A Hostile and Offensive Work Environment
• Use of racially derogatory words, phrases, epithets;
• Demonstrations of a racial or ethnic nature such as a use of gestures, pictures or drawings which would offend a particular racial or ethnic group;
• Comments about an individual’s skin color or other racial/ethnic characteristics;
• Making disparaging remarks about an individual’s gender that are not sexual in nature;
• Negative comments about an employee’s religious beliefs (or lack of religious beliefs);
• Expressing negative stereotypes regarding an employee’s birthplace or ancestry;
• Negative comments regarding an employee’s age when referring to employees 40 and over; or
• Derogatory or intimidating references to an employee’s mental or physical impairment.
A claim of harassment generally requires several elements, including:
• The complaining party must be a member of a statutorily protected class;
• S/he was subjected to unwelcome verbal or physical conduct related to his or her membership in that protected class;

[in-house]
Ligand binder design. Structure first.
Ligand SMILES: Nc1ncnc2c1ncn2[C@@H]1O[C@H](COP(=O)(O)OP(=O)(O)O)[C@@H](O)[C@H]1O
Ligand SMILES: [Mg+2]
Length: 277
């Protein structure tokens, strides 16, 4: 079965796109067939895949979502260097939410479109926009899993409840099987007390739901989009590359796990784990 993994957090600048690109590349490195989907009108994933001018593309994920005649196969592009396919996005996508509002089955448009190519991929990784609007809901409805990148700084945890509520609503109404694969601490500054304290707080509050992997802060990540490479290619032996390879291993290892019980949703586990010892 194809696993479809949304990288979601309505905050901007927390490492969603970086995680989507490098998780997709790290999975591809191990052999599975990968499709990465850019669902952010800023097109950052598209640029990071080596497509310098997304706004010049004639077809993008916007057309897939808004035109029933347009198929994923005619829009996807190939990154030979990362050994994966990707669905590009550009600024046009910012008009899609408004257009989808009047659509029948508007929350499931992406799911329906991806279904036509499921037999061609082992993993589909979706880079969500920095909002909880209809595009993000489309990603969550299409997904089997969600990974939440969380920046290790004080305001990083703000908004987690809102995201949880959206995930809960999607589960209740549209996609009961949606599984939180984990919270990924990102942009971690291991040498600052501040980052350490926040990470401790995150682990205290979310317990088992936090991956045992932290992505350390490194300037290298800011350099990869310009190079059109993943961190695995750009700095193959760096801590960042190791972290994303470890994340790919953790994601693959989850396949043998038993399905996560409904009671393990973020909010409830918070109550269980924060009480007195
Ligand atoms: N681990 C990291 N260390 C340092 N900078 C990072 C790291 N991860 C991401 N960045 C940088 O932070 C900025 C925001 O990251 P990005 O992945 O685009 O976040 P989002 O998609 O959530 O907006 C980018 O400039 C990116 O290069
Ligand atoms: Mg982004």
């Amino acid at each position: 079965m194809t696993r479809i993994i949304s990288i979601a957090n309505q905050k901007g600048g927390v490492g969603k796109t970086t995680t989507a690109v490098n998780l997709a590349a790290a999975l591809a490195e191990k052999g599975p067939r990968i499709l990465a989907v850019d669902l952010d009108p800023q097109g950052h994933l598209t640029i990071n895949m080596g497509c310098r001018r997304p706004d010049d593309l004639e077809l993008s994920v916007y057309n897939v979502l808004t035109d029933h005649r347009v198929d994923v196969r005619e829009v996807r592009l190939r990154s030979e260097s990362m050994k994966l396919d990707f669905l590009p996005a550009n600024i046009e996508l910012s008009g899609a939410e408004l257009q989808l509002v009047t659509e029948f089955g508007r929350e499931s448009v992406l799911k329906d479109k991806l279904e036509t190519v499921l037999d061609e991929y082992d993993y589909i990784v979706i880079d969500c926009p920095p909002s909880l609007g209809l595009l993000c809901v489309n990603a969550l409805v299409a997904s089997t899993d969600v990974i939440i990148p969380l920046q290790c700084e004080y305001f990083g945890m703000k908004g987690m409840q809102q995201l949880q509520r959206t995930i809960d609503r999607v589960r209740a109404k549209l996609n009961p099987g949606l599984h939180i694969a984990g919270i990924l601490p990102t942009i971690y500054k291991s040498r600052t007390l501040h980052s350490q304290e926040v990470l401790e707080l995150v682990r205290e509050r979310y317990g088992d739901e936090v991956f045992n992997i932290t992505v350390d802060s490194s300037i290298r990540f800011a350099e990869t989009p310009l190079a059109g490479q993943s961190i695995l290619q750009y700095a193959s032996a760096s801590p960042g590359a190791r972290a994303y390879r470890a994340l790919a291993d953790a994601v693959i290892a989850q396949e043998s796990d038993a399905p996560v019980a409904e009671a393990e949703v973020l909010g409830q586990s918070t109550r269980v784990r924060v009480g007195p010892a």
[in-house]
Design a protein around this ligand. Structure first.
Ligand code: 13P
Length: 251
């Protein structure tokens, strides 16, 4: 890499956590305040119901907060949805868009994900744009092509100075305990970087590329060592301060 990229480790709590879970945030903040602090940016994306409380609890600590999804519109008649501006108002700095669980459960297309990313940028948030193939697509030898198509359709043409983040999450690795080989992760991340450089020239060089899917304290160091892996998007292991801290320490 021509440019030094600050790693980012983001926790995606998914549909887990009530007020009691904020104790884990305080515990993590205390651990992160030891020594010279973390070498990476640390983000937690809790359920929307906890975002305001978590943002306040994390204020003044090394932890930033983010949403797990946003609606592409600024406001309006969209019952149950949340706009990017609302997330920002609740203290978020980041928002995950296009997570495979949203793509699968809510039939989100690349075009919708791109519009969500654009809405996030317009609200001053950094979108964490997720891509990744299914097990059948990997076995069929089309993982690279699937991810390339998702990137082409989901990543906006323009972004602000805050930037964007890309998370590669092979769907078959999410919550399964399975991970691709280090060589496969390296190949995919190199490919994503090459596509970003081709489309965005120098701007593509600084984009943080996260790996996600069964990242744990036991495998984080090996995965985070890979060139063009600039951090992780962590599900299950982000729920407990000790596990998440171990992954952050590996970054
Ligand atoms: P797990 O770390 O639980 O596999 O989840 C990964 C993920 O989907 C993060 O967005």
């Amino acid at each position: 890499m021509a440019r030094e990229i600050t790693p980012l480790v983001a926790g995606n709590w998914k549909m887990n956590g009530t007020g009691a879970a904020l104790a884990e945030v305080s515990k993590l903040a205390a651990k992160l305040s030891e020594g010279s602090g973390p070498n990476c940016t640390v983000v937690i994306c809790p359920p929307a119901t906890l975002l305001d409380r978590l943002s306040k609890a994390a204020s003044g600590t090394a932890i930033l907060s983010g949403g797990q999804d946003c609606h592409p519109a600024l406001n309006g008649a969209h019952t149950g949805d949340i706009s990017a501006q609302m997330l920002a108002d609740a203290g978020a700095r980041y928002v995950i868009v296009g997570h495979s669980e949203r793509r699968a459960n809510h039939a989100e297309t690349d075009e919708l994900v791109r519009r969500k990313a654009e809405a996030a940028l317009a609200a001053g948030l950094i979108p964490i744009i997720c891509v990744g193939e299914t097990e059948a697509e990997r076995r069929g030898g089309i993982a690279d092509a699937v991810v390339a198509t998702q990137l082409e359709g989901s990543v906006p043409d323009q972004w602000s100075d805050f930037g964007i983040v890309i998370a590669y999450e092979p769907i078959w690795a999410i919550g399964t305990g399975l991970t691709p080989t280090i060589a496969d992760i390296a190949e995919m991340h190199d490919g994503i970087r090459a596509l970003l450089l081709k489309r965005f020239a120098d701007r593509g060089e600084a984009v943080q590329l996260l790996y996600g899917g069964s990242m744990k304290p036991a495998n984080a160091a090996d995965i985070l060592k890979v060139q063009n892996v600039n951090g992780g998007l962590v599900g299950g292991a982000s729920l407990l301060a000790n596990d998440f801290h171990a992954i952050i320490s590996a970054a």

• The unwelcome conduct complained of was based on his or her membership in that protected class;
• The unwelcome conduct affected a term or condition of employment and/or had the purpose or effect of unreasonably interfering with his or her work performance and/or creating an intimidating, hostile or offensive work environment.
According to the EEOC, an employer is automatically liable for harassment by a supervisor that results in a negative employment action such as termination, failure to promote or hire, and loss of wages. If the supervisor's harassment results in a hostile work environment, the employer can avoid liability only if it can prove that: 1) it reasonably tried to prevent and promptly correct the harassing behavior; and 2) the employee unreasonably failed to take advantage of any preventive or corrective opportunities provided by the employer.